Head of the BMW i sub-brand speaks about how the automaker is shifting its electrification strategy.
Christiaan Hetzner from Automotive News Europe had the opportunity to sit down with BMW i chief Robert Irlinger. The automaker has already made it clear that it will push forward with electrification ahead of rivals. In fact, it already has, as the BMW i3 has been available for years. In addition, outside of the i sub-brand, BMW offers several plug-in hybrids. While sales haven't been incredible, the automaker sells more electric vehicles than a majority of other rivals.
Hetzner wonders how many of BMW Group's 12 upcoming battery-electric vehicles will "wear the BMW badge." Irlinger isn't completely forthcoming, but says that of the five announced thus far, four are Bimmers and one is a Mini. The automaker has yet to announce the other seven models. He explains that BMW will work to meet the needs and wants of consumers with each of its new releases.
Irlinger says that BMW needs to provide electric cars in all segments in order to appeal to buyers. As the company plans its electrification efforts and readies the architecture, it's also securing rights to the names for these upcoming vehicles. Interestingly, however, he says that BMW has announced the five EVs, and doesn't have to make decisions about what happens after 2025. Hmm ... does this mean that there will now only be five by 2025 and the remainder won't come until after? It's not made very clear in the interview.
We all know that the i3 hasn't gained the success that some may have anticipated. Hetzner asks if there is a potential replacement in the works:
Hetzner: The i3 has struggled to live up to expectations. Will there be a replacement for the i3, or will it be repositioned as an i1 without the expensive, carbon fiber bodyshell?
Irlinger: I will let you speculate on that. What I can say, though, is that we had a learning process. We started with a range of 130 km to 160 km in everyday conditions . We thought that was enough since we positioned the car for urban mobility. But the customer had a mindset that more range would be better, so we decided it was necessary to bring a second battery update relatively quickly.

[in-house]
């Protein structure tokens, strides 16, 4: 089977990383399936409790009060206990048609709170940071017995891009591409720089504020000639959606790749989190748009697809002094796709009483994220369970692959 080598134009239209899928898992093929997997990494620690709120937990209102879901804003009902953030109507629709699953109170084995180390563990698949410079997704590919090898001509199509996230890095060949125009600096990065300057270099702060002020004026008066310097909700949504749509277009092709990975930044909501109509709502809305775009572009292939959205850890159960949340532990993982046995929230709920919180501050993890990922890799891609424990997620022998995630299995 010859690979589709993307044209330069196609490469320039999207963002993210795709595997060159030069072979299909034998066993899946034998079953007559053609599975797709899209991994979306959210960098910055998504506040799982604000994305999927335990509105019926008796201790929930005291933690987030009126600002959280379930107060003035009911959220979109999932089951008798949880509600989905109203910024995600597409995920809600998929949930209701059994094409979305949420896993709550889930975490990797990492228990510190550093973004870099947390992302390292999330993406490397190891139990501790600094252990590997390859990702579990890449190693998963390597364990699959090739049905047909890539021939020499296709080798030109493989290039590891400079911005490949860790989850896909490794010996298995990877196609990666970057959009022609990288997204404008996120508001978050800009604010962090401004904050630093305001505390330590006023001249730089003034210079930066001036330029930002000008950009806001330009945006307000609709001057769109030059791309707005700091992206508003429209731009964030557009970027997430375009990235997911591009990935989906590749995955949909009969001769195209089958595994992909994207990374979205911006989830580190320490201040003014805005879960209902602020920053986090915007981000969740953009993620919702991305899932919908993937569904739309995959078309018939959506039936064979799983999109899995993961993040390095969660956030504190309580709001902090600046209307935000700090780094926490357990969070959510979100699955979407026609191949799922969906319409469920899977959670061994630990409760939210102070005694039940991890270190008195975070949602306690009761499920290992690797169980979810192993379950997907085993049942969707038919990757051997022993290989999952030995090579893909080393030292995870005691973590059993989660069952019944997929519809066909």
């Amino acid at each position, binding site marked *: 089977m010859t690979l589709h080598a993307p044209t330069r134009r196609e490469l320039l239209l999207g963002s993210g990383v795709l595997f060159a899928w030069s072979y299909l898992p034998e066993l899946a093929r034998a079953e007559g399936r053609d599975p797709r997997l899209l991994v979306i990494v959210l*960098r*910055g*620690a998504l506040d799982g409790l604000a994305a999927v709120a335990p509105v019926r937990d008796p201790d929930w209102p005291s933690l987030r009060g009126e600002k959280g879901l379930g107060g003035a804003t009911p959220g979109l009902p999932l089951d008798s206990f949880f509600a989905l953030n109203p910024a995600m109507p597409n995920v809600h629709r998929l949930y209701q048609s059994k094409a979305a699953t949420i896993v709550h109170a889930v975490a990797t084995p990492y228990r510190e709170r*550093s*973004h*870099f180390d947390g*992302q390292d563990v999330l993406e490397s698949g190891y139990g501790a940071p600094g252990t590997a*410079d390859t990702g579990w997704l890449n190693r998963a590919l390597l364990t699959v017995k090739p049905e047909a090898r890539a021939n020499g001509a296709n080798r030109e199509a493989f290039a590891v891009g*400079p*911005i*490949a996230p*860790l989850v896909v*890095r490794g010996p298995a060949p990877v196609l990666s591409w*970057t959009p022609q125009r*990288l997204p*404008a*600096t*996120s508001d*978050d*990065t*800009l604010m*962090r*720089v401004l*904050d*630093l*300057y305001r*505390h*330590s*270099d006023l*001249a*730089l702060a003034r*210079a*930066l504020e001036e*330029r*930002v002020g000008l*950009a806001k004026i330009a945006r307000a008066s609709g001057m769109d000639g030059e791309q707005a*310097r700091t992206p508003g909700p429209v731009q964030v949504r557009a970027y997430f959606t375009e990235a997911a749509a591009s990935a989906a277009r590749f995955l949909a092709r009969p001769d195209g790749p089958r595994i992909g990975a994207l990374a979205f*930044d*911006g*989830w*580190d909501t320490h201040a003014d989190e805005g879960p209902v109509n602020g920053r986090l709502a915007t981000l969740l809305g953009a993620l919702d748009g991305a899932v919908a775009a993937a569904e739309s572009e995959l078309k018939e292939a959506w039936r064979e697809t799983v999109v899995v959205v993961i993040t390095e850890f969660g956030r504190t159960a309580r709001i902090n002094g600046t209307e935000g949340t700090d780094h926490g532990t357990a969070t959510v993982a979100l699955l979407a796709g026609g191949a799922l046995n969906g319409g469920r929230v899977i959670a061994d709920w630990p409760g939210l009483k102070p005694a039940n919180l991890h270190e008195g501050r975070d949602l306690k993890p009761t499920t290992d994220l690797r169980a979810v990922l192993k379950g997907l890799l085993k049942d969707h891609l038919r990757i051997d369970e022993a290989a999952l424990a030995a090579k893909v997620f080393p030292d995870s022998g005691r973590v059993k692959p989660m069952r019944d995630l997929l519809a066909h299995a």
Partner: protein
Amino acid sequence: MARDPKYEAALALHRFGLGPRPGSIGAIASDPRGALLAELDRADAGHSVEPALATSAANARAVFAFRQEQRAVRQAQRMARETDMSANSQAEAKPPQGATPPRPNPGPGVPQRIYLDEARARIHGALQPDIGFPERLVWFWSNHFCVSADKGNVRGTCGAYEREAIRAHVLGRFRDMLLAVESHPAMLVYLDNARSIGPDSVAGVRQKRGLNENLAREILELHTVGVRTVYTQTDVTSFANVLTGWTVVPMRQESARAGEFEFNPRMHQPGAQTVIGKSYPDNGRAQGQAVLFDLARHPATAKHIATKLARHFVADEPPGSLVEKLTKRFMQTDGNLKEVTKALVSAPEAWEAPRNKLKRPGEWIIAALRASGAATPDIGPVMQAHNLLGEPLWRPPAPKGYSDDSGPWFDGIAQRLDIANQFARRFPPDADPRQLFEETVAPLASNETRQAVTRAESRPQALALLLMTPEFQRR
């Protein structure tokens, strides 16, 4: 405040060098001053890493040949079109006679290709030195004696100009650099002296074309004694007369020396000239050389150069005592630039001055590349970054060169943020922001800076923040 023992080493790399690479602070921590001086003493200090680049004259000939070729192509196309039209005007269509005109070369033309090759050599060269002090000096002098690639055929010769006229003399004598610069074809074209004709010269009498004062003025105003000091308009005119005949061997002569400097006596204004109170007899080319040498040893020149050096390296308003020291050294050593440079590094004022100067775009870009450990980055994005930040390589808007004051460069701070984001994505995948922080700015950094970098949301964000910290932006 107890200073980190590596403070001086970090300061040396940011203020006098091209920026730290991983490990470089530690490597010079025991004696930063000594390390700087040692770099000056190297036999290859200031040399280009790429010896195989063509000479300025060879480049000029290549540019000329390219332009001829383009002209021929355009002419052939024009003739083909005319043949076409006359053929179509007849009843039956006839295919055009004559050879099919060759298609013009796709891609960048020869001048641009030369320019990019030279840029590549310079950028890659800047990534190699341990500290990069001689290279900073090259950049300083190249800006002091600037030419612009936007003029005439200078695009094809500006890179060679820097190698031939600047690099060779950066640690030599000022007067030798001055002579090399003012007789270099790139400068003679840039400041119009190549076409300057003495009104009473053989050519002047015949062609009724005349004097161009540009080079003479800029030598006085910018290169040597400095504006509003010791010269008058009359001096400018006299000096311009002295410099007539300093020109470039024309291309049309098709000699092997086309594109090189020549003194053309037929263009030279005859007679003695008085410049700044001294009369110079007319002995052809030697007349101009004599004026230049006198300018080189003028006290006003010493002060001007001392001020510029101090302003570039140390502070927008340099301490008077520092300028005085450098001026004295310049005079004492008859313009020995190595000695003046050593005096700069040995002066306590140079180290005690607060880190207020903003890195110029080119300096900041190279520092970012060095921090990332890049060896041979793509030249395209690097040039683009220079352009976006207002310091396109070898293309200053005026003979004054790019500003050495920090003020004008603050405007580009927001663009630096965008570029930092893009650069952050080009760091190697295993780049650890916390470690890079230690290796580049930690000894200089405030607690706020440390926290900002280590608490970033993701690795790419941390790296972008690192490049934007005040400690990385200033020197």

Based on the history of the i3, BMW has only provided two battery updates in five years. Irlinger reiterates that customers are looking for more range. However, in regards to battery updates, he says that if a vehicle like the iNext comes to market with enough range to suit customers' needs, there may not be reason to provide an update. However, if buyers still want more, then BMW will bring it to market.
Irlinger went on to say that significantly fewer buyers in Europe are opting for the i3 with the range extender, due to the larger battery. For this reason, BMW will be phasing out the REx option in certain areas. In contrast, it will still offer it in the U.S. and other markets where consumers continue to buy it due to a lack of charging infrastructure.
Finally, Hetzner inquires about how BMW will remain a leader in the electric car segment with the emergence of more competition from Audi, Jaguar, and Mercedes. Irlinger assures that he has no concerns for the coming year, but BMW could fall behind temporarily after that. He explains:
For 2019 I am not worried. Our competitors would have to build 40,000 next year, and I would be surprised if they did that, given the high price tags on those vehicles. It may be the case that the competitors overtake us the following year when they are at full production, but then we are coming with iX3 in 2020 as well as both the iNext and the i4 the year after that.
To read the full interview, follow the link below. Then, share your thoughts with us in the comment section.
Source: Automotive News